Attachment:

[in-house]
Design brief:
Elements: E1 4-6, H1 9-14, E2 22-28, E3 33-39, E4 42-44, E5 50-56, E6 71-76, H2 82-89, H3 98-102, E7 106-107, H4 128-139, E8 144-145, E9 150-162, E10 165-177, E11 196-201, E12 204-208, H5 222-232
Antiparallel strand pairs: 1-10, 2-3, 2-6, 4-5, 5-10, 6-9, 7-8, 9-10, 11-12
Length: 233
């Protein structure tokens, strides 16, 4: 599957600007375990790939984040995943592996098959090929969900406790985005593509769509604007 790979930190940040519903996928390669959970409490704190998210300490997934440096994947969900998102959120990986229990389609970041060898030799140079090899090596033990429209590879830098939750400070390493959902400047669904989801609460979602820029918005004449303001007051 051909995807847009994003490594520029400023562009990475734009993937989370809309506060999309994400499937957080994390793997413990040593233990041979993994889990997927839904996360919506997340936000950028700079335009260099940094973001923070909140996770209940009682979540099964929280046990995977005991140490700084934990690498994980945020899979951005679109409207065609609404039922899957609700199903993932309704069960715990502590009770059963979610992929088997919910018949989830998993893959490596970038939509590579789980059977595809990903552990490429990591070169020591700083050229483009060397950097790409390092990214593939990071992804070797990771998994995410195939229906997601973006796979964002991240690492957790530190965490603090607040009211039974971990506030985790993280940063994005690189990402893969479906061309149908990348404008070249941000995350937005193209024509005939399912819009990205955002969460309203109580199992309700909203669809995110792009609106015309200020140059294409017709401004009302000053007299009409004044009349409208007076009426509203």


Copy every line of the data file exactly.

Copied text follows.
[in-house]
Design brief:
Elements: E1 4-6, H1 9-14, E2 22-28, E3 33-39, E4 42-44, E5 50-56, E6 71-76, H2 82-89, H3 98-102, E7 106-107, H4 128-139, E8 144-145, E9 150-162, E10 165-177, E11 196-201, E12 204-208, H5 222-232
Antiparallel strand pairs: 1-10, 2-3, 2-6, 4-5, 5-10, 6-9, 7-8, 9-10, 11-12
Length: 233
């Protein structure tokens, strides 16, 4: 599957600007375990790939984040995943592996098959090929969900406790985005593509769509604007 790979930190940040519903996928390669959970409490704190998210300490997934440096994947969900998102959120990986229990389609970041060898030799140079090899090596033990429209590879830098939750400070390493959902400047669904989801609460979602820029918005004449303001007051 051909995807847009994003490594520029400023562009990475734009993937989370809309506060999309994400499937957080994390793997413990040593233990041979993994889990997927839904996360919506997340936000950028700079335009260099940094973001923070909140996770209940009682979540099964929280046990995977005991140490700084934990690498994980945020899979951005679109409207065609609404039922899957609700199903993932309704069960715990502590009770059963979610992929088997919910018949989830998993893959490596970038939509590579789980059977595809990903552990490429990591070169020591700083050229483009060397950097790409390092990214593939990071992804070797990771998994995410195939229906997601973006796979964002991240690492957790530190965490603090607040009211039974971990506030985790993280940063994005690189990402893969479906061309149908990348404008070249941000995350937005193209024509005939399912819009990205955002969460309203109580199992309700909203669809995110792009609106015309200020140059294409017709401004009302000053007299009409004044009349409208007076009426509203």